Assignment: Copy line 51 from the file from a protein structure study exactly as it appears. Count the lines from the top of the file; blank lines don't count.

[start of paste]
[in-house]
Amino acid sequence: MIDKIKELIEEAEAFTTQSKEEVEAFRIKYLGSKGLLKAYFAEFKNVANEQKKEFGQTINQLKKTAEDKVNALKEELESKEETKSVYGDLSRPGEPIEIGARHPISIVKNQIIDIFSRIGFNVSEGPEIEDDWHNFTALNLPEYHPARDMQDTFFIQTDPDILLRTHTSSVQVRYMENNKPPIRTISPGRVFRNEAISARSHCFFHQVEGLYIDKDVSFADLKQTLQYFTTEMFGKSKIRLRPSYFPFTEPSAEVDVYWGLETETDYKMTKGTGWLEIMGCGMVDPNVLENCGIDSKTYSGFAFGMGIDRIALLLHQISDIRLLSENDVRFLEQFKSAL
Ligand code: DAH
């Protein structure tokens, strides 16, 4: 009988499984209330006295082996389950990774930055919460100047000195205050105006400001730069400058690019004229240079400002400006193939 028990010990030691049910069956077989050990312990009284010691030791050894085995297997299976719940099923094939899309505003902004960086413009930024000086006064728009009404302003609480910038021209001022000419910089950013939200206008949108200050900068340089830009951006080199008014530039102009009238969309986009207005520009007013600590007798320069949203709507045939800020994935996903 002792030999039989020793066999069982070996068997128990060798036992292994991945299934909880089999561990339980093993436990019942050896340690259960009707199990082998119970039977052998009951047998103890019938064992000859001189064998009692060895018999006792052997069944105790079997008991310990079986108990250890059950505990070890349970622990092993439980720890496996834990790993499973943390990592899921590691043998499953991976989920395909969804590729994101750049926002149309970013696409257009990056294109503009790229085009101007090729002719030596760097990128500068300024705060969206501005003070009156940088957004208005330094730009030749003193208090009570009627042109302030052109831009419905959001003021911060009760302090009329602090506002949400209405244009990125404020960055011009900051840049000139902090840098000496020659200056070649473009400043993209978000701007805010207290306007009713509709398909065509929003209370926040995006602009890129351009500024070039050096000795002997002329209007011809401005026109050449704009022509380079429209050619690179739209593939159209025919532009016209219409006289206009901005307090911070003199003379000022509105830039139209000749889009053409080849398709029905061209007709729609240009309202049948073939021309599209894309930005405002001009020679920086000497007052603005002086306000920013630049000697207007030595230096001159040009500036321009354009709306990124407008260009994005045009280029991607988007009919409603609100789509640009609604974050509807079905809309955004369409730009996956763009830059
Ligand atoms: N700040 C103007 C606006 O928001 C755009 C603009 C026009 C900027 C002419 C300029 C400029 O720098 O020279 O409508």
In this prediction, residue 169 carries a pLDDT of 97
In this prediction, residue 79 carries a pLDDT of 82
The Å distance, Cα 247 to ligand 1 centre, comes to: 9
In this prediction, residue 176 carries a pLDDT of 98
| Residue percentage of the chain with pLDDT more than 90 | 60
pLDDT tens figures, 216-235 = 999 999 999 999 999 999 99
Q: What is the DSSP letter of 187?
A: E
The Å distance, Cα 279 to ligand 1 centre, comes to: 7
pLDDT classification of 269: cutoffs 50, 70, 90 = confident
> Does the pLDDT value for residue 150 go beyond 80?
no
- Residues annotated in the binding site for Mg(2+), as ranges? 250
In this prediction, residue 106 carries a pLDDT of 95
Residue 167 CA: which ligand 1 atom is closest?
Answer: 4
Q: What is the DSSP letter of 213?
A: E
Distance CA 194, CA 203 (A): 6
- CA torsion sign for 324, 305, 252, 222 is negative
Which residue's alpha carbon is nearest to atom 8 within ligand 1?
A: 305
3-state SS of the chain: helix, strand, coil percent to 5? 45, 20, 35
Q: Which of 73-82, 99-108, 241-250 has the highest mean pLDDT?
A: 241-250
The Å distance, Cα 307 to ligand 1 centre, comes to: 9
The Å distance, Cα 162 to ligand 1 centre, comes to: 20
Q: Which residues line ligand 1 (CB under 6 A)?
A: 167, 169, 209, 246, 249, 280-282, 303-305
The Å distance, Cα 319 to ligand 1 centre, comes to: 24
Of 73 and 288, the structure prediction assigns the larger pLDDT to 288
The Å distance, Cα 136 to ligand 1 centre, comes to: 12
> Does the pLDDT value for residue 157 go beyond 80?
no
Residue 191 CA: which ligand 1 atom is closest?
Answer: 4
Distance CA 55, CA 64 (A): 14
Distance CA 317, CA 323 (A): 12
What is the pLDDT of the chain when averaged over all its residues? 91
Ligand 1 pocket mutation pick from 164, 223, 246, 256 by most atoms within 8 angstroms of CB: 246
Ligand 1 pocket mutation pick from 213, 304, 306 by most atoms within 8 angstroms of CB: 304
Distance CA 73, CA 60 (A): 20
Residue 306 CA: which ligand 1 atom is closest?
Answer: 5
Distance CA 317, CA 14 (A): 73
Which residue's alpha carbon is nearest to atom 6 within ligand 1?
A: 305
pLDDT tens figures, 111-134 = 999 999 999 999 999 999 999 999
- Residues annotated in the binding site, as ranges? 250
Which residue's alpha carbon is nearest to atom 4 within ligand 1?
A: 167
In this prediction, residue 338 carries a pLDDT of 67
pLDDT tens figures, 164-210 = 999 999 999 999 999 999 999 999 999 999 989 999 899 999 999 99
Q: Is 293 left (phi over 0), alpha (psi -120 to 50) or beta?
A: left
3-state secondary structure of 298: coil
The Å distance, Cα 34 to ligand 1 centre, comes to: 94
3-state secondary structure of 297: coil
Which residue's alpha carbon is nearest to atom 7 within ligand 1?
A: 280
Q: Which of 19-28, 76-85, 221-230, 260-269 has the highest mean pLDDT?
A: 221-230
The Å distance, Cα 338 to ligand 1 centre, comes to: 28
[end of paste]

Which residue's alpha carbon is nearest to atom 6 within ligand 1?